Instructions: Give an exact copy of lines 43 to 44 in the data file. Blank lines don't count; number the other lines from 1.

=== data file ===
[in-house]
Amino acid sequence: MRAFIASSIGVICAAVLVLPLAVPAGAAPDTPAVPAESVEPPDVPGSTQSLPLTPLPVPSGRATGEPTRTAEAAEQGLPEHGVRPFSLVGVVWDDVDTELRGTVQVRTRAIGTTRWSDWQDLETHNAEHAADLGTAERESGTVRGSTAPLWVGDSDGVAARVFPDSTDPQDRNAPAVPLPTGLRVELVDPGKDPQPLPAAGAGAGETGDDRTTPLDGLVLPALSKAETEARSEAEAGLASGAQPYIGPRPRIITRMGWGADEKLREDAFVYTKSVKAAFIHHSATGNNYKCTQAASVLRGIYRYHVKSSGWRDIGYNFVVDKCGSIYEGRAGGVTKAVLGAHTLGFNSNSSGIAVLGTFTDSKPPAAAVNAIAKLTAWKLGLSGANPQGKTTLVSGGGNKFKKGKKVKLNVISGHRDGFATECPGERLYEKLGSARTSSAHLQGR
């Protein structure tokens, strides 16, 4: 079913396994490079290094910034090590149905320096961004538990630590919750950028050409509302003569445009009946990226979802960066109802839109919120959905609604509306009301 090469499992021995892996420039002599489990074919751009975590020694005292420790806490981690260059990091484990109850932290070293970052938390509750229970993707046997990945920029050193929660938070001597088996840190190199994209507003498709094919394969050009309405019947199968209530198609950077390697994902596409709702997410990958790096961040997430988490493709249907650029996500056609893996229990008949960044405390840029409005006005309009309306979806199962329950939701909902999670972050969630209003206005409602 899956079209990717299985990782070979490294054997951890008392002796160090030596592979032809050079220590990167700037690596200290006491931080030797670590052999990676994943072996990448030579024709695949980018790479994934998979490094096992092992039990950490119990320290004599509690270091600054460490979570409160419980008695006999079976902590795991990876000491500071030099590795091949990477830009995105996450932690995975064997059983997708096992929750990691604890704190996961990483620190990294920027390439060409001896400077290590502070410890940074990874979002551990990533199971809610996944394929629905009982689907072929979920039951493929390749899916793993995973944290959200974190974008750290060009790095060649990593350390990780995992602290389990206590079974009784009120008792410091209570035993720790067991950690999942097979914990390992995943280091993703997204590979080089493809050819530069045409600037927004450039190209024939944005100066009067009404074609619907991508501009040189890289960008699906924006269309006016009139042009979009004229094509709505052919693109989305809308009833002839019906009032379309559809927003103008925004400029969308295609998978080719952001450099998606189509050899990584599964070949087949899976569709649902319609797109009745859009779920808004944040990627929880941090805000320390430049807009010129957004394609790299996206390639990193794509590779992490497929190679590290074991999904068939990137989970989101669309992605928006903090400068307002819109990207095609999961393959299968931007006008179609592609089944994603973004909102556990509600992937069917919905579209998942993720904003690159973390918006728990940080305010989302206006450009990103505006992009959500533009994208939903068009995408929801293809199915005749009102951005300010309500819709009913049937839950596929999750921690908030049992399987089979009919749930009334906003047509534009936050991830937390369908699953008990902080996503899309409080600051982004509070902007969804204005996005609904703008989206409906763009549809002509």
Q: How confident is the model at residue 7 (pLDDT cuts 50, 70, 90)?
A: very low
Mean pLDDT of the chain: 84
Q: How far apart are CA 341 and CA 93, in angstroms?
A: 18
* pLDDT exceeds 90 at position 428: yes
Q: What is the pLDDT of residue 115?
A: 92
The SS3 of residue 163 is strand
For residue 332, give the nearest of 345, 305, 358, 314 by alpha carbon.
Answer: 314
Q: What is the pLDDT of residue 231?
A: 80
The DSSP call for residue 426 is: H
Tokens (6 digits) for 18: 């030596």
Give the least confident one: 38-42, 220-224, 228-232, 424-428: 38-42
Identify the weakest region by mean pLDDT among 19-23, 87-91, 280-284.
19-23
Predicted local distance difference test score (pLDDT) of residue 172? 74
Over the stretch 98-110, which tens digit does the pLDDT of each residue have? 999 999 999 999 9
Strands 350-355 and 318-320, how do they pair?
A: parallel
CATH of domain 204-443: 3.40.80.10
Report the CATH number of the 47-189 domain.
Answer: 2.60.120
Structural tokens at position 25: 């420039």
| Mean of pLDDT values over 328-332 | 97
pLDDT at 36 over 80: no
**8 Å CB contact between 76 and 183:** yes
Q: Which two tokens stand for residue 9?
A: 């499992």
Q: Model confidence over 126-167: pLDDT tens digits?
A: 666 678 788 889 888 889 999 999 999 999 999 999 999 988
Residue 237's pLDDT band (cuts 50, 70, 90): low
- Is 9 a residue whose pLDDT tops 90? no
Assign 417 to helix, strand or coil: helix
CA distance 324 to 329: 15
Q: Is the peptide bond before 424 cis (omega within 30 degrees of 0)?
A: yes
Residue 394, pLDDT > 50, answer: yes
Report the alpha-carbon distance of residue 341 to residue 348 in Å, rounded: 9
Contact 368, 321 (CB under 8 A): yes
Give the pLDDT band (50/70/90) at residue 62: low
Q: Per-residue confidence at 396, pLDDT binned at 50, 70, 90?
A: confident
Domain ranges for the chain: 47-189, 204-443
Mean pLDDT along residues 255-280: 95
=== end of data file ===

Residue 394, pLDDT > 50, answer: yes
Report the alpha-carbon distance of residue 341 to residue 348 in Å, rounded: 9